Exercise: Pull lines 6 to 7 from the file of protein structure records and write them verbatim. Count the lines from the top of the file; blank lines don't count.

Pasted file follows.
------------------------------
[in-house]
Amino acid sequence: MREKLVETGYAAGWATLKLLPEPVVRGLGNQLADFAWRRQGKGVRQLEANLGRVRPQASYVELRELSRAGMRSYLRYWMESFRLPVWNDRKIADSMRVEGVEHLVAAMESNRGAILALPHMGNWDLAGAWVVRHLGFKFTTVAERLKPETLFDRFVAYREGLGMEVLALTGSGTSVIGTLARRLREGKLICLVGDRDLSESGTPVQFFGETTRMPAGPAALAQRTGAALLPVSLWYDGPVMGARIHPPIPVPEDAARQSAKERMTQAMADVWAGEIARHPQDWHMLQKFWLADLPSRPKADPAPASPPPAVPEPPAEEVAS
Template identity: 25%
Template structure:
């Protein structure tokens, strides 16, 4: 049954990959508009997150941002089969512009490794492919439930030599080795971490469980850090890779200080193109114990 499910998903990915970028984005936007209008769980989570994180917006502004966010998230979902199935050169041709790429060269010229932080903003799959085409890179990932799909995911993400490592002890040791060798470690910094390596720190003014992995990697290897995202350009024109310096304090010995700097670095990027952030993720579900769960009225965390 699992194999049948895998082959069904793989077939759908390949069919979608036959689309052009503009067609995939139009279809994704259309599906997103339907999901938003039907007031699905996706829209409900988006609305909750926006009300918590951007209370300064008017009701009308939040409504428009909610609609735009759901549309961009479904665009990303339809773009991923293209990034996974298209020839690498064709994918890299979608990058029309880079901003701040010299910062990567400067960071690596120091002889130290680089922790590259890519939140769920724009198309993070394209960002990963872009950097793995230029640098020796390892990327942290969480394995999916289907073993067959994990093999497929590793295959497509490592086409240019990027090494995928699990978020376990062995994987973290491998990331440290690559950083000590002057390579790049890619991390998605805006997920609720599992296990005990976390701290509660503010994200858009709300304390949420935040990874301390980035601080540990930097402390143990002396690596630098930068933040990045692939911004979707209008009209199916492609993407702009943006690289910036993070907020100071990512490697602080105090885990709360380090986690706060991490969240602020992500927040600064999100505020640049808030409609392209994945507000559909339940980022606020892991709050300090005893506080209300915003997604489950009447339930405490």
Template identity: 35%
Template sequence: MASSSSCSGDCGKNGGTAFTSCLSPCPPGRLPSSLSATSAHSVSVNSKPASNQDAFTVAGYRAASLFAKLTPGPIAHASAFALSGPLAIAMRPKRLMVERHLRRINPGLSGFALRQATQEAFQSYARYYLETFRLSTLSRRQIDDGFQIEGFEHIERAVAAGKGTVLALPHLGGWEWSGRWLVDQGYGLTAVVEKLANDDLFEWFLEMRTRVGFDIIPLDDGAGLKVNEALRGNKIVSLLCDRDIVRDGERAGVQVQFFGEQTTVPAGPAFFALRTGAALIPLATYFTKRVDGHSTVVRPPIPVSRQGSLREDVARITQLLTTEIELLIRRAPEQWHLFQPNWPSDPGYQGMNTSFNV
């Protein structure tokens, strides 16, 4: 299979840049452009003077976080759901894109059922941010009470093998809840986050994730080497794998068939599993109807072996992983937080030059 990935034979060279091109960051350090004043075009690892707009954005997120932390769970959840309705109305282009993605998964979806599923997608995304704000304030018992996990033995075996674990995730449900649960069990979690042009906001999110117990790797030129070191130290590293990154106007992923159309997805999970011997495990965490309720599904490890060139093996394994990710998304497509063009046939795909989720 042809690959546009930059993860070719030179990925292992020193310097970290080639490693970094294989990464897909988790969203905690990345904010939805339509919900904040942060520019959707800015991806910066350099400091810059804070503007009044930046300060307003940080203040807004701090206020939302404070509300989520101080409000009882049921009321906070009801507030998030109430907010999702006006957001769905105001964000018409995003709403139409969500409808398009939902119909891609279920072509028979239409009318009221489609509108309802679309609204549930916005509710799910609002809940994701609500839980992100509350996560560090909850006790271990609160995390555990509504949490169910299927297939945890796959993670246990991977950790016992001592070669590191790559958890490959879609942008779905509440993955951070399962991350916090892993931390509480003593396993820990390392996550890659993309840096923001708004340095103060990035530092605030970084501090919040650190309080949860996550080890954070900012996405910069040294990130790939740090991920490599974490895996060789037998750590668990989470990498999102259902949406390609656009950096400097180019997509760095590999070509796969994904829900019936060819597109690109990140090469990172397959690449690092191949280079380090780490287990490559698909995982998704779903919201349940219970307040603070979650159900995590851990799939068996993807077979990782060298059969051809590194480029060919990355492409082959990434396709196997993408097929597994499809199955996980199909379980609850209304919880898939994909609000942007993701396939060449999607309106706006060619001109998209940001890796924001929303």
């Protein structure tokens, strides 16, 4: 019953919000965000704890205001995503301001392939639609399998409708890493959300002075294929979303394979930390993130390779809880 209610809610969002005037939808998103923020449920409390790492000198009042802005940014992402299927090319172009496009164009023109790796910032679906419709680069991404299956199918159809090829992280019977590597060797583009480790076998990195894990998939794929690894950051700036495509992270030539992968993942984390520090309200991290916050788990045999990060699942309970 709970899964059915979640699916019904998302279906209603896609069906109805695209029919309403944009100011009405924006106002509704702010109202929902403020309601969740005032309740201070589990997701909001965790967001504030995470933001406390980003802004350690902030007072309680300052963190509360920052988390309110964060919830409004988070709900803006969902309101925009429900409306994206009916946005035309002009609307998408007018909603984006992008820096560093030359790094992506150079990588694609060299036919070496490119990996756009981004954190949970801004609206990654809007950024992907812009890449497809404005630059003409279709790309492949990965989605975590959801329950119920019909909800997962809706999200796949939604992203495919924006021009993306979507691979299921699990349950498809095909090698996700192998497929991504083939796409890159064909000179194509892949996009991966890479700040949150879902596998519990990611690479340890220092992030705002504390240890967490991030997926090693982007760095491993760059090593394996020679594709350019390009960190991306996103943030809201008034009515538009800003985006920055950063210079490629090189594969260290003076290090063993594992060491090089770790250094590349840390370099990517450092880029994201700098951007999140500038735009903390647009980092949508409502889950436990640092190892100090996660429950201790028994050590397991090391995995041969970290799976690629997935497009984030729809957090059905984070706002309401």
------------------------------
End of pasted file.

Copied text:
Template identity: 35%
Template sequence: MASSSSCSGDCGKNGGTAFTSCLSPCPPGRLPSSLSATSAHSVSVNSKPASNQDAFTVAGYRAASLFAKLTPGPIAHASAFALSGPLAIAMRPKRLMVERHLRRINPGLSGFALRQATQEAFQSYARYYLETFRLSTLSRRQIDDGFQIEGFEHIERAVAAGKGTVLALPHLGGWEWSGRWLVDQGYGLTAVVEKLANDDLFEWFLEMRTRVGFDIIPLDDGAGLKVNEALRGNKIVSLLCDRDIVRDGERAGVQVQFFGEQTTVPAGPAFFALRTGAALIPLATYFTKRVDGHSTVVRPPIPVSRQGSLREDVARITQLLTTEIELLIRRAPEQWHLFQPNWPSDPGYQGMNTSFNV